Australians will soon be arming themselves against perceived threats from local Islamists. Policy makers and legislators need to start preparing for the strategic shock now.
The slow wave of shocking attacks by Islamists across the globe that we see almost weekly on our TVs, elicits a myriad of responses from stunned onlookers. One notable response is the sense of helplessness. It is immediately clear to many watching that should they experience such an attack themselves there is nothing they can do about it. Almost every attack may as well have been carried out in a kindergarten – the victims are that helpless.
A chain of thought sparks in the minds of most of us watching the helpless victims from our armchairs. We see that no one from the law enforcement community is there to help. No patrols. No one comes to their rescue. Where are the police?
The obvious solution for many watching the defenceless killed in public, in broad daylight, without impediment, is to arm-up. All it takes is one or two examples in the media of an armed victim fighting back against the terrorists, and the floodgates will be opened. Australians everywhere will beg, borrow and steal to arm themselves, so they can feel safer walking the streets, taking the train to work, dropping the kids off at school and shopping in the malls.
The thought of being armed everywhere they go, will replace the job police are failing to fulfil, a sense of genuine security and safety. At last Joe and Jane Public won’t have to worry about adding yet another fear to their growing list of dangers from the community.
The danger on the horizon is of much more concern to average Australians, as it is utterly new, they don’t really understand its nature, it seems incomprehensible, it’s a scary, ugly terror and they know the police can’t protect them. Being armed they are no longer helpless – in their mind. Knowing they can turn from victim into counter-attacker, shooting back, will become close to desirable in the minds of many, especially men.
No one wants them or their loved ones to die for some stupid, pointless reason at the hands of a religious idiot nut-case, just because they had nothing to fight back with.
Unlike the gun culture of the United States, Australia has spent decades with strict firearms restrictions that has produced generations without any understanding of their power and their potential. In the States, firearms are not uncommonly used in the settling of disputes, such as road rage and family or neighbourhood arguments. However, most of these end at the presentation of the weapon or the firing of a warning shot; hardly a terrorist attack.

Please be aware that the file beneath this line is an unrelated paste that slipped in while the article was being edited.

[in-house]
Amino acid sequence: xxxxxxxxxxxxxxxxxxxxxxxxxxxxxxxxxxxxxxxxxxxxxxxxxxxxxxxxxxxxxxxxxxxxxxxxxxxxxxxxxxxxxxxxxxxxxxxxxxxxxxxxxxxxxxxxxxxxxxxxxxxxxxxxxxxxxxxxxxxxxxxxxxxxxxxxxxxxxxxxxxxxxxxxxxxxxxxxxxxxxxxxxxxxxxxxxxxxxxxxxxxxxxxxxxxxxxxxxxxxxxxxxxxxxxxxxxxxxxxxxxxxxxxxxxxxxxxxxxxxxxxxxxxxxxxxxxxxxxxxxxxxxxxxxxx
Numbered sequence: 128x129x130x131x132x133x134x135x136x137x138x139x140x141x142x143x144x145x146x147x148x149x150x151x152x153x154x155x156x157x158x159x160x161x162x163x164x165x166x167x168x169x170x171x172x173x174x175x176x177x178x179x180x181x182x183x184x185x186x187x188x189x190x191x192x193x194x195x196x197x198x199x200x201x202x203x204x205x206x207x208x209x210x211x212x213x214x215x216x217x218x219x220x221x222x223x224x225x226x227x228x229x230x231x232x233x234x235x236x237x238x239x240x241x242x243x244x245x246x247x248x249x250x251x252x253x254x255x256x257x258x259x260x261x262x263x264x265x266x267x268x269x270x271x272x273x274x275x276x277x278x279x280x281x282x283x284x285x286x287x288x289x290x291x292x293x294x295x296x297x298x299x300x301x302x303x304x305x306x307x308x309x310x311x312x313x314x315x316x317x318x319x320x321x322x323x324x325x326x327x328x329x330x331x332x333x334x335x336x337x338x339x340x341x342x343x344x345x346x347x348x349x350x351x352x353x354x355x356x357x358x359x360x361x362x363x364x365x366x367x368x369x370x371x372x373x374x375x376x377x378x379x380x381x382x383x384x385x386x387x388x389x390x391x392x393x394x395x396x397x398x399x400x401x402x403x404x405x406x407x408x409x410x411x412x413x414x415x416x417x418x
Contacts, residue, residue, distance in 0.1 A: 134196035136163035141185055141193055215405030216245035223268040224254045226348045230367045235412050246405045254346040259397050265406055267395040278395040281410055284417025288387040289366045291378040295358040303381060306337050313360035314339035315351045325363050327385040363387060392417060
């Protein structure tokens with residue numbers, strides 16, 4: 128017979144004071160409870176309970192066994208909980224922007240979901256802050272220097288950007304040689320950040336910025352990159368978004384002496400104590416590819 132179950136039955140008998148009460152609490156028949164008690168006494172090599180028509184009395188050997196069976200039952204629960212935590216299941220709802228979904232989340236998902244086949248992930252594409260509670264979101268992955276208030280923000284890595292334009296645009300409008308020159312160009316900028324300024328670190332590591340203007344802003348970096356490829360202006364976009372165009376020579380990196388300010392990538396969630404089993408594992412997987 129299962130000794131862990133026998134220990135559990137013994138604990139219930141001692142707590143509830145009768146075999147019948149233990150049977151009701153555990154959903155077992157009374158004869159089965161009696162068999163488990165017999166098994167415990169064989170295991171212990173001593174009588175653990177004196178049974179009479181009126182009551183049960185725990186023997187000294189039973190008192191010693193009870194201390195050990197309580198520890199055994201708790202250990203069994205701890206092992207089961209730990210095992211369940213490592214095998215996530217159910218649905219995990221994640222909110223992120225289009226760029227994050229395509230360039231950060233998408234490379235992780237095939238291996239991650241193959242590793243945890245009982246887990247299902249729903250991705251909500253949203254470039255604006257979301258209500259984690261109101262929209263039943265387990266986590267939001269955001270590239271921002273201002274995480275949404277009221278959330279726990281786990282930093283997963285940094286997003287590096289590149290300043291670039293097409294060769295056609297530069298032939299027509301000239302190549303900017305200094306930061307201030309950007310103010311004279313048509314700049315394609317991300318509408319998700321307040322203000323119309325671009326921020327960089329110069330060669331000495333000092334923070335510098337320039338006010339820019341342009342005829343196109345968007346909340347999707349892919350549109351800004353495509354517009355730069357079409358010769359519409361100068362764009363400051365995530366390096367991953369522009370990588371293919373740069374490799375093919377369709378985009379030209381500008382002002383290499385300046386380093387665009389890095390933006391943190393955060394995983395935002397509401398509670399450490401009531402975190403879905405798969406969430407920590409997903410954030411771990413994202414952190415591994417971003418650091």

For Australia, the phenomenon will be a shock to the system, as there is no “real” familiarity with firearms by almost all dwellers of Australia’s few cities. They have almost no appearance in the life of a city-dweller, and even on television they rarely feature outside fiction, only occasionally in the news, and never in lifestyle television outside the odd hunting programme that most viewers will flick past whilst channel surfing.
There is an unwritten social contract in the US, between its comparably more fire-arm familiarised citizens, that is effectively a self-regulation. You avoid certain situations and certain escalating arguments, because someone might have a gun. This self-regulation is more obvious in areas of high firearm ownership, such as the cities of Texas and the Mid-western cities, such as Colorado, Arizona, and Idaho, but applies across the country and is understood by most. The point here is that it is no use looking to the US as a model to follow in Australia; it’s chalk and cheese.
Australian policymakers and legislators need to consider the implications of a secretly armed citizenship. The widespread carriage of secreted fire-arms in public will imply more than its relatively innocuous intent.
What should we imagine when considering the evolution of road-rage, pub brawls, arguing neighbours? Will people start resolving disputes with their weapons? Will the threatening presentation of a fire-arm be used to curtail an escalating argument between citizens? Instead of relying on current recourses, such as the pointless arguing and futile paperwork handed to them by impotent police stations, the armed citizen will not even bother wasting their time with the police.
What effect will an armed society have on the black and open marketplace for weapons? We should expect to see the typical abuse by the retail trade, as supply creates demand.
Will self-defence classes move from the Dojo to the pistol range?
The change will affect the law enforcement community, certainly, schooling, public transport, health, privacy, even taxation, but also the commercial sector: the security industry, the insurance industry, private healthcare, sport and recreation industries, and the black markets of weapon suppliers, criminal activity to fund supply, and organised crime.
The implications are legion, as are the number of questions needing answers, problems needing solutions, laws and policies needing drafting well before that first TV news item airs all over the country. “Neighbourhood argument, pub brawl, street party, road rage, school bullying… ends in shooting.”
 Terrorists are unlikely to attack the regional farming communities, where any firearm familiarisation in Australia is only found among those protecting their crops from predators and pests, or for game during hunting seasons. This article is therefore concerned only with communities of strategic interest to Islamist terrorists, and these are likely to be large cities rather than country towns.
 Excluding movies and crime drama television, as fictional representation is a poor preparation for the real thing when it comes to firearms.